In this paper, we explore the astrophysical implications of near-field microlensing and its effects on stellar transit observations, with a special emphasis on the Kepler mission. Kepler is a NASA-approved mission whose goal is to detect a large number of extrasolar, Earth-like planets by obtaining nearly continuous photometry of more than 100,000 F, G, and K dwarfs for 4 years. The expected photometric precision of Kepler is 90 μmag (achieved in 15 minute samples), at which the effect of microlensing by a transiting companion can be significant. For example, for a solar-type primary transited by a white dwarf secondary, the maximum depth of the transit is 0.01%, which is almost entirely compensated for by the microlensing amplification when the white dwarf is at ∼0.05 AU. The combined effect of microlensing and transit increases to a net amplification of 150 μmag at an orbital separation of 0.1 AU and 2.4 mmag at an orbital separation of 1 AU. Thus, the effect of microlensing can be used to break the degeneracy between a planetary-mass object for which the microlensing effect is negligible and a more massive object of the same size. For brown dwarfs at orbital separations of a few AU, the effect of microlensing is several percent of the transit depth, and hence the microlensing effect must be taken into account in deriving the physical parameters of the brown dwarf. The microlensing signal caused by a neutron star or a black hole in a binary can be several millimagnitudes, far exceeding the transit depth and potentially detectable even from ground-based observations. Kepler will be sensitive to white dwarfs, neutron stars, and black holes in binaries through their microlensing signatures. These observations can be used to derive the frequency of such compact objects in binaries and to determine their masses.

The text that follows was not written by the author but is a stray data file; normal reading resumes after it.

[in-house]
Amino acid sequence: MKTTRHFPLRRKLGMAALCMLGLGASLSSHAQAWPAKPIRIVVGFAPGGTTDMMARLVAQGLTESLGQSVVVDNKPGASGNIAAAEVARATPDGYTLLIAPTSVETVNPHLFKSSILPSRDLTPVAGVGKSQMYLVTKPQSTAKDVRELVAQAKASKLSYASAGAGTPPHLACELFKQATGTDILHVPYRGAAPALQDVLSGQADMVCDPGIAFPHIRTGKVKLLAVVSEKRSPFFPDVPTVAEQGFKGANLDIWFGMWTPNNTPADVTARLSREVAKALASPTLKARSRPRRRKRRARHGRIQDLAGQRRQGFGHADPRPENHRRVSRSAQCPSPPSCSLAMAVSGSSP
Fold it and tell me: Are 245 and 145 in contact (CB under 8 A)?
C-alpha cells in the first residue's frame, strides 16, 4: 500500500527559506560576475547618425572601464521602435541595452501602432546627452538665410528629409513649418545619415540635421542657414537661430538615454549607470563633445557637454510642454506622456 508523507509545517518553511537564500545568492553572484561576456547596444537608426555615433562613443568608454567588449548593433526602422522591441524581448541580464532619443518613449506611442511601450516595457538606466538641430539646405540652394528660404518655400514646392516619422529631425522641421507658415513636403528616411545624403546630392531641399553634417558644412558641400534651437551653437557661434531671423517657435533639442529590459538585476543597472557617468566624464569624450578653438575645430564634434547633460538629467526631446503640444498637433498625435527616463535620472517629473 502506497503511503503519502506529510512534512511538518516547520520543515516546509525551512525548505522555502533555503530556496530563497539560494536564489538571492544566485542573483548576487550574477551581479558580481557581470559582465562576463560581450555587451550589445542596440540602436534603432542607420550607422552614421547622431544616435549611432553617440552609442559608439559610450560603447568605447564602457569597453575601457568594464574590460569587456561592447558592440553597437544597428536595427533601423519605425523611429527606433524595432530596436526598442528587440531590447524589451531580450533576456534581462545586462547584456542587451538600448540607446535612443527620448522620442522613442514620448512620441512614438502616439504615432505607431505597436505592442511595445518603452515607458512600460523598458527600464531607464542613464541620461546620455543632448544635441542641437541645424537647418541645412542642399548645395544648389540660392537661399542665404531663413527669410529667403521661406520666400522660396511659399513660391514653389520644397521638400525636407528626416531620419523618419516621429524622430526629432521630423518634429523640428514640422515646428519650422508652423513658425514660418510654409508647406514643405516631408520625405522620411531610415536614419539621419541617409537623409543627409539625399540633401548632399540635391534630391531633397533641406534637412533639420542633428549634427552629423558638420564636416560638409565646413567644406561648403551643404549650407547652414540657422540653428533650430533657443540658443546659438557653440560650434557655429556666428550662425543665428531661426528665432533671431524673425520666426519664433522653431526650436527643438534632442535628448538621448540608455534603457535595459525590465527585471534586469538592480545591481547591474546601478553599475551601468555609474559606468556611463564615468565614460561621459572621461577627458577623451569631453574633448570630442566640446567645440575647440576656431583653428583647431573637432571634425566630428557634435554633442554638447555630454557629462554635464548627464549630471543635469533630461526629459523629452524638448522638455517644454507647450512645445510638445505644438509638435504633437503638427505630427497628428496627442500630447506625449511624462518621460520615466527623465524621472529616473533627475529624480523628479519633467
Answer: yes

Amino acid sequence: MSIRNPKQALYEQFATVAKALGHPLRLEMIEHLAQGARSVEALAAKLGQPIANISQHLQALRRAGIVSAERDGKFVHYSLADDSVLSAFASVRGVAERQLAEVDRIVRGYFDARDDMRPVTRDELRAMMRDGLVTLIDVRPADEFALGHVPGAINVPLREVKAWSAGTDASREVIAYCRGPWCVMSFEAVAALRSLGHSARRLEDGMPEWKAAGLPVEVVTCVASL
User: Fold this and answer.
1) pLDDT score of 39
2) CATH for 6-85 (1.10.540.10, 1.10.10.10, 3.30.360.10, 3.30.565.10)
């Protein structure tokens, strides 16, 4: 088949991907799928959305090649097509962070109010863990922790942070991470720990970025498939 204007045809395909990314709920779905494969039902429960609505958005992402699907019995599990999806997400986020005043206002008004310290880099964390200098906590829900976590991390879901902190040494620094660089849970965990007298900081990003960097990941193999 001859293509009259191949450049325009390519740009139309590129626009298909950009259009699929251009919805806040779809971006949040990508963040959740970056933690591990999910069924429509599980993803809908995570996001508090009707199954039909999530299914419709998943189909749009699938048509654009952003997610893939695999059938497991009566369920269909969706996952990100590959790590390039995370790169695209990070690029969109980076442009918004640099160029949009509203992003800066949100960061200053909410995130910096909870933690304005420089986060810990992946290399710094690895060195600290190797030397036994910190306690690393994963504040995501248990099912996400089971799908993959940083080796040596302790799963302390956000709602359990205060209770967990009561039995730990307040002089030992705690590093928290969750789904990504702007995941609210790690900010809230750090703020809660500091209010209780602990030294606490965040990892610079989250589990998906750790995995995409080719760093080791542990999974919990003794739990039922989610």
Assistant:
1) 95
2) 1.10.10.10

All Science Journal Classification (ASJC) codes
- Astronomy and Astrophysics
- Space and Planetary Science